Midland-Guardian Co. v. United Consumers Club, Inc.

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502 N.E.2d 1354 (1987)

MIDLAND-GUARDIAN COMPANY AND MIDLAND-GUARDIAN COMPANY OF INDIANA, Inc., Appellants (Defendants below), v. UNITED CONSUMERS CLUB, INC., Appellee (Plaintiff below).

No. 3-1185A301.

Court of Appeals of Indiana, Third District.

January 28, 1987.

John W. Hammel, Yarling, Robinson, Hammel & Lamb, Indianapolis, Clyde D. Compton, Hodges, Davis, Gruenberg, *1355 Compton & Sayers, P.C., Merrillville, for appellants.

Jeffery J. Dywan, Chudom & Meyer, Schererville, for appellee.

HOFFMAN, Judge.

Appellants Midland-Guardian Company and Midland-Guardian Company of Indiana, Inc. (Midland) petition for rehearing. The facts and history of this case are discussed in Midland-Guardian Co. v. United Consumers Club (1986), Ind. App., 499 N.E.2d 792. The issues Midland raises in its lengthy petition for rehearing have already been fully addressed in our original opinion; however, in its supplemental petition for rehearing Midland claims that our decision in this case conflicts with another recent decision of the Court of Appeals. Analysis reveals the ephemeral nature of this supposed conflict, but a brief discussion will help solidify the essential harmony of the two cases.

In Kopis v. Savage (1986), Ind. App., 498 N.E.2d 1266, the appellant, Kopis, received a $40,000.00 deposit towards the purchase of certain property. Kopis comingled the deposit with other unrelated accounts and refused to refund the money when the sale fell through. In reversing the trial court's finding that Kopis committed criminal conversion the Court of Appeals, Fourth District, held that the comingled funds had ceased to be a separate, specifically identifiable chattel and that Savage no longer had a property interest in the specific funds deposited. Thus the refusal to return the $40,000.00 was a failure to pay a debt, which will generally not support a finding of conversion.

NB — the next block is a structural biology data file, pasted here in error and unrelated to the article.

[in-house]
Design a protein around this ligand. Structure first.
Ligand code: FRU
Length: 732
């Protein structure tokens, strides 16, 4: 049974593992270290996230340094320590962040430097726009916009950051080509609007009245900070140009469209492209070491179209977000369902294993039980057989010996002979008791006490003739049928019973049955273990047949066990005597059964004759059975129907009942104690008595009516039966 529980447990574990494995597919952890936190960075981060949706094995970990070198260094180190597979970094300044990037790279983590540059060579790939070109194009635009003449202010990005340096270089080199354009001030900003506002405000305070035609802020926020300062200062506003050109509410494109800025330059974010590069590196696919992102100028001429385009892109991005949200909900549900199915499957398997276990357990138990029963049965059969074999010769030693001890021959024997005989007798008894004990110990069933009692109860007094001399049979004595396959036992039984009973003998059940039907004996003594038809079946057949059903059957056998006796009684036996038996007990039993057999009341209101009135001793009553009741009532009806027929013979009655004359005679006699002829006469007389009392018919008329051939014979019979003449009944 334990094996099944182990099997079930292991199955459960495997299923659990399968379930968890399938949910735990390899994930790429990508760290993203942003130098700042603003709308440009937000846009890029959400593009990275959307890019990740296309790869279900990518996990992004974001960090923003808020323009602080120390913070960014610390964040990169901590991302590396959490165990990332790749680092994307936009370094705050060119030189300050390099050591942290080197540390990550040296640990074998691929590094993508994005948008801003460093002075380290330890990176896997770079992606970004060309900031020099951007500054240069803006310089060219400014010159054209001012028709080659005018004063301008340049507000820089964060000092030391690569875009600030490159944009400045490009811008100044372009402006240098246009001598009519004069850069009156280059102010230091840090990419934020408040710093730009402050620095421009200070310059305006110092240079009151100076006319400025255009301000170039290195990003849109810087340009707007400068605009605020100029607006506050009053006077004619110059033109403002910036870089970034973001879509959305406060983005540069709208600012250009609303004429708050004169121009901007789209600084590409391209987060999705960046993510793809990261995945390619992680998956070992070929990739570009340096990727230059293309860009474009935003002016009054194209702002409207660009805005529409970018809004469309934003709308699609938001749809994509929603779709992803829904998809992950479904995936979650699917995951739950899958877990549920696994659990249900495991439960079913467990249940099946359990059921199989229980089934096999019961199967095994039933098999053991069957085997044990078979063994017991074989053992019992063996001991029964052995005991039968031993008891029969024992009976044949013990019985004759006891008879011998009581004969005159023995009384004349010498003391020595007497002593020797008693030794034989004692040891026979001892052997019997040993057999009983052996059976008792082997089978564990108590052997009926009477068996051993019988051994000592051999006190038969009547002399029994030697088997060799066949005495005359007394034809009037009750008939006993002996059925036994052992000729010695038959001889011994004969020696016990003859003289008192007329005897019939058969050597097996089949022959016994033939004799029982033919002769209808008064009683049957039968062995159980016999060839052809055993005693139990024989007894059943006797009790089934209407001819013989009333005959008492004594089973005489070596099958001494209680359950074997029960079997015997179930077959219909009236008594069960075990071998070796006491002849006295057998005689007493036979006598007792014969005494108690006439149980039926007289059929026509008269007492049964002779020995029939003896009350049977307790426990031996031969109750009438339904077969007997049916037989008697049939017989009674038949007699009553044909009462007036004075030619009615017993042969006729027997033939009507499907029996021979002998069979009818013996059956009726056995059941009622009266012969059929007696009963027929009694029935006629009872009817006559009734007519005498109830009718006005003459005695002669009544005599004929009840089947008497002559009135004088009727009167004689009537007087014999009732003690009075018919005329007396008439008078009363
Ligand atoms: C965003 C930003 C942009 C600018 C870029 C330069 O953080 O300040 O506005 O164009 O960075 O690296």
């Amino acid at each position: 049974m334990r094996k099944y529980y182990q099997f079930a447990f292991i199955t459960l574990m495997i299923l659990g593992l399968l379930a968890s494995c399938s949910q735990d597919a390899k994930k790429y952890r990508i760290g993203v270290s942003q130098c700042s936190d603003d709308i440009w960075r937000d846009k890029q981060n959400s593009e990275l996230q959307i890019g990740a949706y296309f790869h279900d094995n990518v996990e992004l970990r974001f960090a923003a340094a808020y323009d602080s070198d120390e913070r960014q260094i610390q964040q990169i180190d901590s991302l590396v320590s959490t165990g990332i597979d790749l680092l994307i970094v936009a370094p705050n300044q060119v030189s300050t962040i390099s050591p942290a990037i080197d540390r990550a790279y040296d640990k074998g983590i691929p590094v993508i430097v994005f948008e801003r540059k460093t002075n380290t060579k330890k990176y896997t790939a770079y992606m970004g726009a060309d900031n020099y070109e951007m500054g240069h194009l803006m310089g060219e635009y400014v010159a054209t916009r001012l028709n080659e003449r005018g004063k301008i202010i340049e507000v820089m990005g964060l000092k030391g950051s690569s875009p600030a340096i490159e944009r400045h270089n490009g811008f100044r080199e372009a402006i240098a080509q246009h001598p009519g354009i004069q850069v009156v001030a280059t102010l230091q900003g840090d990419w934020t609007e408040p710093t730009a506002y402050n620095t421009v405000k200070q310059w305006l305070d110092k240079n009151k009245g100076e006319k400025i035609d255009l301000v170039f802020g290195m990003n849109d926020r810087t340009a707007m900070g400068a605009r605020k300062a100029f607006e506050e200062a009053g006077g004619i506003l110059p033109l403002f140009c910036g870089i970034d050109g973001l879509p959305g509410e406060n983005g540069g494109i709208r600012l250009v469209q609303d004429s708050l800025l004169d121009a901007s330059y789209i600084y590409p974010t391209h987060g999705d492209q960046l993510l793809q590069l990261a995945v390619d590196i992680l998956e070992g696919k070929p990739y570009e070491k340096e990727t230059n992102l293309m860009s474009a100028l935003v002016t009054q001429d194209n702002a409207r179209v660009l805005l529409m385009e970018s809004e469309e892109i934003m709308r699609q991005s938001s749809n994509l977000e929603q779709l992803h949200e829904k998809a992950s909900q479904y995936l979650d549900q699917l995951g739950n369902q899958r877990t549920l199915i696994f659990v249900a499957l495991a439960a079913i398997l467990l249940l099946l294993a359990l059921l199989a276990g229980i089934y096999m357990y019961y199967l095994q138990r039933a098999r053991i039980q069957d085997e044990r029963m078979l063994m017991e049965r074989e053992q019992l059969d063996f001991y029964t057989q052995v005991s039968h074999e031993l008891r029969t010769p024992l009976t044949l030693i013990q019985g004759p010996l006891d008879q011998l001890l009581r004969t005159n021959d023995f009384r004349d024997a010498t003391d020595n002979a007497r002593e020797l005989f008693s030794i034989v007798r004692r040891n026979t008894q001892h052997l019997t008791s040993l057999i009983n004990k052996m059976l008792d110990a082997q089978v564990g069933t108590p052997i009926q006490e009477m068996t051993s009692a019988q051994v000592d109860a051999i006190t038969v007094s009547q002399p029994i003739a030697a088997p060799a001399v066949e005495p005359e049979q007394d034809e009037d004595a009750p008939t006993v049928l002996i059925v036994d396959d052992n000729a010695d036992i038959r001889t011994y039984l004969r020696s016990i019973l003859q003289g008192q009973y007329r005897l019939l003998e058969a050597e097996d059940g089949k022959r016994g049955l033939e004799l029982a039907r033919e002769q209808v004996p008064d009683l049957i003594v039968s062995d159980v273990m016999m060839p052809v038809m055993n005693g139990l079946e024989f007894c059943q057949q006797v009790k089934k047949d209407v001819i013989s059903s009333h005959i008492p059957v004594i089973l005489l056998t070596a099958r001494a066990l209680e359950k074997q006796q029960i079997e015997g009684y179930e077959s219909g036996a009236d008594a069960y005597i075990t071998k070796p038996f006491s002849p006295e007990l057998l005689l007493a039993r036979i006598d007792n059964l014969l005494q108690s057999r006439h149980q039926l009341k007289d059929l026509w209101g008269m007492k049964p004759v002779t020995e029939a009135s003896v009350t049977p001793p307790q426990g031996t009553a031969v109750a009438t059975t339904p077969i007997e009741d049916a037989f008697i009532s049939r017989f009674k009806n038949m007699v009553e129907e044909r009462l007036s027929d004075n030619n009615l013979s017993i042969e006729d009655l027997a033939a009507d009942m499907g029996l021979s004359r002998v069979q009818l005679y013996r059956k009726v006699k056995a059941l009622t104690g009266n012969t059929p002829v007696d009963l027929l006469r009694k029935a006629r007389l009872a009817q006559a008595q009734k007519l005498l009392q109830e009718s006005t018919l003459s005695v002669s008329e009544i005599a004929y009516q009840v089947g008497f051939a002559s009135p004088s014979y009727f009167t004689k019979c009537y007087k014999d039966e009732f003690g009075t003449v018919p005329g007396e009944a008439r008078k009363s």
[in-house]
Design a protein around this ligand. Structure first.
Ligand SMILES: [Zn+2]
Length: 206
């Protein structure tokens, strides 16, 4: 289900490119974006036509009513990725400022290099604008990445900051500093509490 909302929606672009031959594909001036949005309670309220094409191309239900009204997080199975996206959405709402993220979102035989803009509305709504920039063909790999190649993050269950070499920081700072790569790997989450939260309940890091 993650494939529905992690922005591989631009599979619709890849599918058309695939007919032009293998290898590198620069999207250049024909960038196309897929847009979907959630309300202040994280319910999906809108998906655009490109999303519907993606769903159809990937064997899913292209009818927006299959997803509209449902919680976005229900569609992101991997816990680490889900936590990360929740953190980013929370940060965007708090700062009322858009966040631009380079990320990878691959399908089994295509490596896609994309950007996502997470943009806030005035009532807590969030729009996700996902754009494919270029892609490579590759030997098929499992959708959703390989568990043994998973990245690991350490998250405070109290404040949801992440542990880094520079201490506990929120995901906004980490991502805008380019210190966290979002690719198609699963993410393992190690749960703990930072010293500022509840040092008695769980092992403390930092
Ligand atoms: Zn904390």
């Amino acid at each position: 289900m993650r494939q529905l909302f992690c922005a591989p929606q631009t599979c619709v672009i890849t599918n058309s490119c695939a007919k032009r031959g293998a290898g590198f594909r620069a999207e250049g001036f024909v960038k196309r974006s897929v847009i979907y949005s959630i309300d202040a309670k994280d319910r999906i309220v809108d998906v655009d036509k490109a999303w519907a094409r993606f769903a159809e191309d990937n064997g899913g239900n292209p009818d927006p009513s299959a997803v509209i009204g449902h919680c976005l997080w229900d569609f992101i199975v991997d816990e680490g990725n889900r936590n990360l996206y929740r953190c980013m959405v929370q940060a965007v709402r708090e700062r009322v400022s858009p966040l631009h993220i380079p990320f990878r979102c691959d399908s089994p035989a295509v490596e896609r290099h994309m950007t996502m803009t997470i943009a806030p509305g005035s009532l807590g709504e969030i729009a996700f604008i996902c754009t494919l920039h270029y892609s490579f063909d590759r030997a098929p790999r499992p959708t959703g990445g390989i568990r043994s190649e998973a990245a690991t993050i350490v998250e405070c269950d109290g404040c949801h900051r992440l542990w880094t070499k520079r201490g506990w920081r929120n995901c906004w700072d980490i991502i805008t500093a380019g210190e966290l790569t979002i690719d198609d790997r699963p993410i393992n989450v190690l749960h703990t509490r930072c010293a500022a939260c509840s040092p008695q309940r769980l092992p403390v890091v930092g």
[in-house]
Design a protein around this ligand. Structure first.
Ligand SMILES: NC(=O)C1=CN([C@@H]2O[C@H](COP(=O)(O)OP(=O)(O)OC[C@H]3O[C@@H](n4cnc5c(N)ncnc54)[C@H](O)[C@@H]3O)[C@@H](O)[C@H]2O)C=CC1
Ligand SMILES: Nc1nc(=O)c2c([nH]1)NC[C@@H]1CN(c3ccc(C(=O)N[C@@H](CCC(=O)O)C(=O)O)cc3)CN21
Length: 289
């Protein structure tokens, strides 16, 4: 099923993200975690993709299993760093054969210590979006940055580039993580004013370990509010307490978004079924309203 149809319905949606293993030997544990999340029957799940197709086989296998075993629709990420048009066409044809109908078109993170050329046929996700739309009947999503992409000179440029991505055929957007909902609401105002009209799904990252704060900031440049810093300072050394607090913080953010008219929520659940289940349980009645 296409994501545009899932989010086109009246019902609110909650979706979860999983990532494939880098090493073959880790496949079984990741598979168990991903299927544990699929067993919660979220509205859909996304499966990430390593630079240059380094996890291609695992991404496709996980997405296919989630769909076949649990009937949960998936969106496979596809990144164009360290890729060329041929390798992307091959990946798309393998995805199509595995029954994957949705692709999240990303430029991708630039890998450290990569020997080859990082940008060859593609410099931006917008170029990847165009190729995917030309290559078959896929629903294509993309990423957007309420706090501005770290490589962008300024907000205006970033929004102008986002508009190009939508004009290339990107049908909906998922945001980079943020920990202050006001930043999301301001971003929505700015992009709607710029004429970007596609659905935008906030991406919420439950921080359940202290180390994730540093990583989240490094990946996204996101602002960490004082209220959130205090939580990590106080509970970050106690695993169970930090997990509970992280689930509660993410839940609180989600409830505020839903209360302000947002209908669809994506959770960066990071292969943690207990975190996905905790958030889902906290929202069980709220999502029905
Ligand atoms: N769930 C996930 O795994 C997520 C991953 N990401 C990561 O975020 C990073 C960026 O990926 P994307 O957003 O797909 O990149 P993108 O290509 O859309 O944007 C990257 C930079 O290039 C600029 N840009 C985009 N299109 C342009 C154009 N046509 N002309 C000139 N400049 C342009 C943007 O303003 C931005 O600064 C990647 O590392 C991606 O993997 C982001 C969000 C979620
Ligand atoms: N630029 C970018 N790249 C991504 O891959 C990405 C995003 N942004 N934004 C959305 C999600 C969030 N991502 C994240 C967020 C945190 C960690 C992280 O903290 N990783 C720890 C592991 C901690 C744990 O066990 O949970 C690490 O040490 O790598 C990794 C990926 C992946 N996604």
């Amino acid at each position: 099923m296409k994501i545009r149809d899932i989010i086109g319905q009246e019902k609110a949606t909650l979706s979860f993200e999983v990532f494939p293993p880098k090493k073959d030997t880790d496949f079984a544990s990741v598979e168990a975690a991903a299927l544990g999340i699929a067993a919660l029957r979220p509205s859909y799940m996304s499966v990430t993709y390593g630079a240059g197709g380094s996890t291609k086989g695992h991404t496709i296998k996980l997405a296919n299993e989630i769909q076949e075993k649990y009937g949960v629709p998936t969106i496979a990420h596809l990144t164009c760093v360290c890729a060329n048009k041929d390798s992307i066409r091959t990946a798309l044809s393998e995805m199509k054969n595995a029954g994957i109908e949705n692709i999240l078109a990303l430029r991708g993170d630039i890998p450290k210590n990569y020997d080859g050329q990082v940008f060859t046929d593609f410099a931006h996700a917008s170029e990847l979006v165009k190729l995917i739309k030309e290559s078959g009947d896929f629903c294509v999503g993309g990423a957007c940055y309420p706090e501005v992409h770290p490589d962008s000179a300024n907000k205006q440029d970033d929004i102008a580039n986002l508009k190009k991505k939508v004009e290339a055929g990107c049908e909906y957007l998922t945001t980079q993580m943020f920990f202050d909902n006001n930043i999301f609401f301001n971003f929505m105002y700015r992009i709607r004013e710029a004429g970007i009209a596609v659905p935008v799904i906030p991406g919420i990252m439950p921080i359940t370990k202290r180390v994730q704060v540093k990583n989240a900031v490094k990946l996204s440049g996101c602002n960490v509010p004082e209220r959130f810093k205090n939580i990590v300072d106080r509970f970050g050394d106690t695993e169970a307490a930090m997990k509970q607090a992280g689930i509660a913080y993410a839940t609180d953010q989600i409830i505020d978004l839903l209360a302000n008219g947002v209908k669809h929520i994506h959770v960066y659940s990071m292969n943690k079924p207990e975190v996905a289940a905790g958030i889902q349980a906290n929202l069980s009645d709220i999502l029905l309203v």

The holding in Kopis, supra, is completely consistent with the original holding in this case. Midland attempts to create a conflict by characterizing its refusal to return the holdback reserve accounts as a failure to pay a debt; however, Midland fails to note the fundamental differences that distinguish Kopis from its own situation.

Midland and UCC were engaged in an ongoing business relationship in which Midland purchased installment contracts from UCC. Midland paid an agreed upon price for the contracts, but retained a set percentage of the purchase price for use as a contingency fund. The contingency fund, the holdback reserve account, belonged to UCC, subject only to Midland's right to charge back uncollectible contracts according to a pre-arranged formula.

These specific funds were, in effect, entrusted to Midland to be separately held and accounted for. The holdback reserve agreements did not create an obligation to repay a debt, instead they placed Midland in a position of responsibility to return the remainder of these separately identified accounts at the appropriate time. It is the breach of this trust, by knowingly exercising unauthorized control over UCC's property, that led to Midland's being found liable for criminal conversion. The petition for rehearing is therefore denied.

Rehearing denied.

GARRARD, P.J., and STATON, J., concur.